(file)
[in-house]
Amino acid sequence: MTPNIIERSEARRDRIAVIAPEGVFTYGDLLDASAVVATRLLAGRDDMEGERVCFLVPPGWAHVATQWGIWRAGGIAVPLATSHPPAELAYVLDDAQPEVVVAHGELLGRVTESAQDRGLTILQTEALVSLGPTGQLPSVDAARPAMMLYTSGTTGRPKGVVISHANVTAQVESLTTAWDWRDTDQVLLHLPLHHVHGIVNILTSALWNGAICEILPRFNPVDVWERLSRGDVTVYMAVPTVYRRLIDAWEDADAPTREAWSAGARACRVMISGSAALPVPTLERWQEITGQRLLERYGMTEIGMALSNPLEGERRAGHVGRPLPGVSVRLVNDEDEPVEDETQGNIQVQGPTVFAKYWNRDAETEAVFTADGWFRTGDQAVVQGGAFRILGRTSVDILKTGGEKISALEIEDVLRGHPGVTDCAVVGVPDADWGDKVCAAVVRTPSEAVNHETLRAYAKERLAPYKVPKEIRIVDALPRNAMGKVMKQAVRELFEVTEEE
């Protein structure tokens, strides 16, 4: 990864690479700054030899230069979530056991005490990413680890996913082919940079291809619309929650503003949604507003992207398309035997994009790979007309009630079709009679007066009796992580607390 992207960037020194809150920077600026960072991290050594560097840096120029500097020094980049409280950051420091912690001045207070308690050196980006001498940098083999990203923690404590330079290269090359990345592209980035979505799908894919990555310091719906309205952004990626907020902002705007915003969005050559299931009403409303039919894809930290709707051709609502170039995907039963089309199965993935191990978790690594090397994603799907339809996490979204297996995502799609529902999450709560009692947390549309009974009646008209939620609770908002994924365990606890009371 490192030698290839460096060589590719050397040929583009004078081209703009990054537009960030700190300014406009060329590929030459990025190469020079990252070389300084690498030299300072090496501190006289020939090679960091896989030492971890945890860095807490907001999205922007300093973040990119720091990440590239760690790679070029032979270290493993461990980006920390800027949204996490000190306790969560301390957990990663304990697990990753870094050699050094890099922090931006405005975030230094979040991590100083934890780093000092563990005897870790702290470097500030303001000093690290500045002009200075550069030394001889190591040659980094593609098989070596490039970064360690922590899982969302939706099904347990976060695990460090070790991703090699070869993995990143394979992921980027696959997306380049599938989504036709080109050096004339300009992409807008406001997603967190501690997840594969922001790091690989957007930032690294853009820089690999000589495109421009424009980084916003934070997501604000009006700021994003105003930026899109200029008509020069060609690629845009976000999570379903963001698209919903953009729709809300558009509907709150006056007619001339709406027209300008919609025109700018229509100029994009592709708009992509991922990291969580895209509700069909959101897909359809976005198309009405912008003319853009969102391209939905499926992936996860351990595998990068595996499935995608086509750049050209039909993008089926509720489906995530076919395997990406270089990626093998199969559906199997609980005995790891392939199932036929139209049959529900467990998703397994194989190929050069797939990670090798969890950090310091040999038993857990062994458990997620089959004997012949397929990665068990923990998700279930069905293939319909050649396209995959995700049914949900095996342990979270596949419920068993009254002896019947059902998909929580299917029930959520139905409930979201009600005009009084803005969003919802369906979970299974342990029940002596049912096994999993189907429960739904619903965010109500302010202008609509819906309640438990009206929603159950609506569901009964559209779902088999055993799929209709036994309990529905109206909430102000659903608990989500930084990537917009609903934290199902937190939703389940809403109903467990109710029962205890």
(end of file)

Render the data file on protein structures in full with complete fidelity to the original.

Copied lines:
[in-house]
Amino acid sequence: MTPNIIERSEARRDRIAVIAPEGVFTYGDLLDASAVVATRLLAGRDDMEGERVCFLVPPGWAHVATQWGIWRAGGIAVPLATSHPPAELAYVLDDAQPEVVVAHGELLGRVTESAQDRGLTILQTEALVSLGPTGQLPSVDAARPAMMLYTSGTTGRPKGVVISHANVTAQVESLTTAWDWRDTDQVLLHLPLHHVHGIVNILTSALWNGAICEILPRFNPVDVWERLSRGDVTVYMAVPTVYRRLIDAWEDADAPTREAWSAGARACRVMISGSAALPVPTLERWQEITGQRLLERYGMTEIGMALSNPLEGERRAGHVGRPLPGVSVRLVNDEDEPVEDETQGNIQVQGPTVFAKYWNRDAETEAVFTADGWFRTGDQAVVQGGAFRILGRTSVDILKTGGEKISALEIEDVLRGHPGVTDCAVVGVPDADWGDKVCAAVVRTPSEAVNHETLRAYAKERLAPYKVPKEIRIVDALPRNAMGKVMKQAVRELFEVTEEE
């Protein structure tokens, strides 16, 4: 990864690479700054030899230069979530056991005490990413680890996913082919940079291809619309929650503003949604507003992207398309035997994009790979007309009630079709009679007066009796992580607390 992207960037020194809150920077600026960072991290050594560097840096120029500097020094980049409280950051420091912690001045207070308690050196980006001498940098083999990203923690404590330079290269090359990345592209980035979505799908894919990555310091719906309205952004990626907020902002705007915003969005050559299931009403409303039919894809930290709707051709609502170039995907039963089309199965993935191990978790690594090397994603799907339809996490979204297996995502799609529902999450709560009692947390549309009974009646008209939620609770908002994924365990606890009371 490192030698290839460096060589590719050397040929583009004078081209703009990054537009960030700190300014406009060329590929030459990025190469020079990252070389300084690498030299300072090496501190006289020939090679960091896989030492971890945890860095807490907001999205922007300093973040990119720091990440590239760690790679070029032979270290493993461990980006920390800027949204996490000190306790969560301390957990990663304990697990990753870094050699050094890099922090931006405005975030230094979040991590100083934890780093000092563990005897870790702290470097500030303001000093690290500045002009200075550069030394001889190591040659980094593609098989070596490039970064360690922590899982969302939706099904347990976060695990460090070790991703090699070869993995990143394979992921980027696959997306380049599938989504036709080109050096004339300009992409807008406001997603967190501690997840594969922001790091690989957007930032690294853009820089690999000589495109421009424009980084916003934070997501604000009006700021994003105003930026899109200029008509020069060609690629845009976000999570379903963001698209919903953009729709809300558009509907709150006056007619001339709406027209300008919609025109700018229509100029994009592709708009992509991922990291969580895209509700069909959101897909359809976005198309009405912008003319853009969102391209939905499926992936996860351990595998990068595996499935995608086509750049050209039909993008089926509720489906995530076919395997990406270089990626093998199969559906199997609980005995790891392939199932036929139209049959529900467990998703397994194989190929050069797939990670090798969890950090310091040999038993857990062994458990997620089959004997012949397929990665068990923990998700279930069905293939319909050649396209995959995700049914949900095996342990979270596949419920068993009254002896019947059902998909929580299917029930959520139905409930979201009600005009009084803005969003919802369906979970299974342990029940002596049912096994999993189907429960739904619903965010109500302010202008609509819906309640438990009206929603159950609506569901009964559209779902088999055993799929209709036994309990529905109206909430102000659903608990989500930084990537917009609903934290199902937190939703389940809403109903467990109710029962205890």